We get a first glimpse in the pilot of the era’s anxiety around people with disabilities with the arrival of the new valet, who walks with a cane. The whole house is in a tizzy about whether Bates will be able to do his job, and he’s sacked towards the end of the episode — only to be saved, deus ex machina style by Lord Grantham, who seems to recognize the claims of an old friend more than the injustice of preemptorily firing a worker. And like magic in the next episode, all concerns about Bates’s performance are gone; they never come up again. It’s not clear if that’s because they were exaggerated, based on the prejudice of the times, or because accommodations were made for him. And since the villainous valet and lady’s maid find plenty of reason, besides his disability, to collude against him, one ultimately wonders why Bates was given this characteristic at all.

The issue returns in the latest episode, as Matthew (understandably) continues to struggle with the prospect of life in a wheelchair. I realize that these were different times and there were not the accommodations that now exist for people in his condition, but it struck me as extreme (and not a little sexist) when he sends his heretofore fiancee, Lavinia, back to London, citing his wish to keep her from a sexless, childless existence. But we aren’t afforded any view of the presumed obstacles that he must now face in an environment ill-equipped for his wheelchair. The very practical issues of how he gets around in a house full of stairs, of who is assisting him with bathing, dressing, and using the bathroom are not addressed. The heir presumptive must not be subject to these indignities, and the show acts as though it’s simply a matter of Bates — who in the pilot, we were told, wasn’t able to carry anything as might be required in the course of extra duties! — helping him move from wheelchair to bed. And when it becomes clear that Matthew will recover, though he’ll carry a bruise on his spine for the rest of his life, he quips, “But at least I’ll have a life” — which statement is at the very least hugely insulting to anyone in a wheelchair.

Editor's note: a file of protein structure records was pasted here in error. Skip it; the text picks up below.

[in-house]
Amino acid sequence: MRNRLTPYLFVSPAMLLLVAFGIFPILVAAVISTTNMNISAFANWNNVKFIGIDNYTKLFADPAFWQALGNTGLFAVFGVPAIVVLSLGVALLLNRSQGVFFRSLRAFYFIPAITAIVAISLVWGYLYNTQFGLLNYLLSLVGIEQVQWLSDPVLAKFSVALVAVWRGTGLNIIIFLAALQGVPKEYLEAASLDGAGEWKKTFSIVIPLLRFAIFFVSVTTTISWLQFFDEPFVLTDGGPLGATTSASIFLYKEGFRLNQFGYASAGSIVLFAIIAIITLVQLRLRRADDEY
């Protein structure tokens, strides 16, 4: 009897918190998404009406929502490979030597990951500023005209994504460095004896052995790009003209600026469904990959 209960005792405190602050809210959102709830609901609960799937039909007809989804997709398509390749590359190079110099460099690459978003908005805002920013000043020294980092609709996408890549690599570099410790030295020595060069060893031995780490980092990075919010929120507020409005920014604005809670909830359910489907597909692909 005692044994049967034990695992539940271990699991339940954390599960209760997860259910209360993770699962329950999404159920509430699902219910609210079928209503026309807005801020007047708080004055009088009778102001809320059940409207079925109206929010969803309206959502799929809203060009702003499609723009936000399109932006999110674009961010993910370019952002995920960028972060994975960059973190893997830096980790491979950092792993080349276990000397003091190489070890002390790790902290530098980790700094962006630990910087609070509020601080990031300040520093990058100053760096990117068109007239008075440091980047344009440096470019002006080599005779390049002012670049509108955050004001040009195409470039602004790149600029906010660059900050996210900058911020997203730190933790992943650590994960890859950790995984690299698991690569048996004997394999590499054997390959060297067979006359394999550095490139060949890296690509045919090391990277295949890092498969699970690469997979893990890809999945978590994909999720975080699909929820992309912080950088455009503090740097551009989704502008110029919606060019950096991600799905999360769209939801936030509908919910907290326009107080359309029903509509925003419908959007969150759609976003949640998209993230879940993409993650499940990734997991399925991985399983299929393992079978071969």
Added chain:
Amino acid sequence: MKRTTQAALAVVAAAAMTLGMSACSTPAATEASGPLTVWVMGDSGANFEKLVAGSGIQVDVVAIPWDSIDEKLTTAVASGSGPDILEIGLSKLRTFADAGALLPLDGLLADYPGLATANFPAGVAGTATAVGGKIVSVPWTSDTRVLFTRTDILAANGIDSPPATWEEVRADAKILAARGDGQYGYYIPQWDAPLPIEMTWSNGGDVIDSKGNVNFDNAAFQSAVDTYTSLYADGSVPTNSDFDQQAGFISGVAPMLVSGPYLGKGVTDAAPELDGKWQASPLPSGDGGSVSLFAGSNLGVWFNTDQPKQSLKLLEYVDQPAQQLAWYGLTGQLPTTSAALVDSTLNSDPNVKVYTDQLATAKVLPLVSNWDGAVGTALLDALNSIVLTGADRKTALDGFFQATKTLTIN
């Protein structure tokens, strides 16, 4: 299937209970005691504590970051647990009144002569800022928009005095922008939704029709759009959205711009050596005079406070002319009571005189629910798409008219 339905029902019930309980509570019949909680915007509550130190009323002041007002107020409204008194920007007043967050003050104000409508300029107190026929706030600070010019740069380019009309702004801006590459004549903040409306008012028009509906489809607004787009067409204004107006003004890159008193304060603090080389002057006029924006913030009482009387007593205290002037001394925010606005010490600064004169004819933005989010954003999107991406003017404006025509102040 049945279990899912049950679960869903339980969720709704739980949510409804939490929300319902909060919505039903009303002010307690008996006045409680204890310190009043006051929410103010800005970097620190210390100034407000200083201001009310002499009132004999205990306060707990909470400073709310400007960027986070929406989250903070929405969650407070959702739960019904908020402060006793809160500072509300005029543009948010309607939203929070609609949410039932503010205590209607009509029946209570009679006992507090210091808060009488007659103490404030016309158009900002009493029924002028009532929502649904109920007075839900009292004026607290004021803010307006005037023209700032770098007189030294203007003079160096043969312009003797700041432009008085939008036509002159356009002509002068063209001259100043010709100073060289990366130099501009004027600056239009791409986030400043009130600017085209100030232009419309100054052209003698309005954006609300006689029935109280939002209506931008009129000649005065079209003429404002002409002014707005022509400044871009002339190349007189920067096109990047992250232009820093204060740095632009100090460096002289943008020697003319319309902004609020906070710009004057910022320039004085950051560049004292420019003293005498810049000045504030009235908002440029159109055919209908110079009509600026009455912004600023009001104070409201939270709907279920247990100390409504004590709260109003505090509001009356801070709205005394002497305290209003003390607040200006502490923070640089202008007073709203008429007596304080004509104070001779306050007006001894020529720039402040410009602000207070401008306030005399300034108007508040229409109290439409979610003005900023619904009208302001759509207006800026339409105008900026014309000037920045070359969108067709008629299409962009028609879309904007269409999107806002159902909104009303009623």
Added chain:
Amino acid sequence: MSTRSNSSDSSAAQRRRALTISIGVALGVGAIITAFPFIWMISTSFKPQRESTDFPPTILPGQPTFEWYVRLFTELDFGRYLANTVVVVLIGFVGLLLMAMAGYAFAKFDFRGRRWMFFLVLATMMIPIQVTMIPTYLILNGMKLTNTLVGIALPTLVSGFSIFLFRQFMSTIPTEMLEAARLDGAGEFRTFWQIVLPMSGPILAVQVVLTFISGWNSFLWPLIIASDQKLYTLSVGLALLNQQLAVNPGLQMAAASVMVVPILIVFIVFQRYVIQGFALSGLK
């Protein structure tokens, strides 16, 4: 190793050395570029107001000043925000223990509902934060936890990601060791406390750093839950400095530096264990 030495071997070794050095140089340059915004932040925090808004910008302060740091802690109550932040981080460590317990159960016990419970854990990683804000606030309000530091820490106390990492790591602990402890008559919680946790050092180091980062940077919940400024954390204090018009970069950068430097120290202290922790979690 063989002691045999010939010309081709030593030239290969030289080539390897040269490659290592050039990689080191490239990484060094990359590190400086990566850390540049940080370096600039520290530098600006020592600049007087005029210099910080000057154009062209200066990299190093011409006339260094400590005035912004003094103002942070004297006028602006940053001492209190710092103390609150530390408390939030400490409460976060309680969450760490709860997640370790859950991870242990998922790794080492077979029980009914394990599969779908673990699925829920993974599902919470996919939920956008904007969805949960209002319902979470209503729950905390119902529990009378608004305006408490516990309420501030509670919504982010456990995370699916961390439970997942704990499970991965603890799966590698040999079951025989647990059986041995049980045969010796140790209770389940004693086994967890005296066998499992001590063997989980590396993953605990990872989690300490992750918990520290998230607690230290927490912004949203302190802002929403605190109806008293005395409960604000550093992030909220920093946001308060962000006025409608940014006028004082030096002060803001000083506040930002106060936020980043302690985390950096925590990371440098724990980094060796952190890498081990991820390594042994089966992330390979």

What’s more, the episode goes on to show that Matthew must be spared not only the wheelchair — only an able-bodied man is worthy to be the next Lord Grantham — but even the burden of having to appear ungentlemanly. In a truly horrifying development, as Lavinia lays dying of Spanish flu, having realized that he’s still in love with Mary, she manages to choke out, “Isn’t this better, really? You won’t have to make a hard decision . . .” So in the show’s really fucked up logic, it’s better that Lavinia die than Matthew have to do something selfish so that he and Mary can be together? This is the pinnacle of the show’s contortions to bring the protagonists to what I assume is coming: their marriage, securing Mary’s place in society and neatly resolving the problem that has propelled the series since the pilot. Hence my post title, “Down-ton Abbey,” as the show’s writers reach a new low in this episode.

I still plan to watch and enjoy “Downton Abbey” — if not just to delight in the swoon-worth Dan Stevens — but I’ll continue to do so carefully.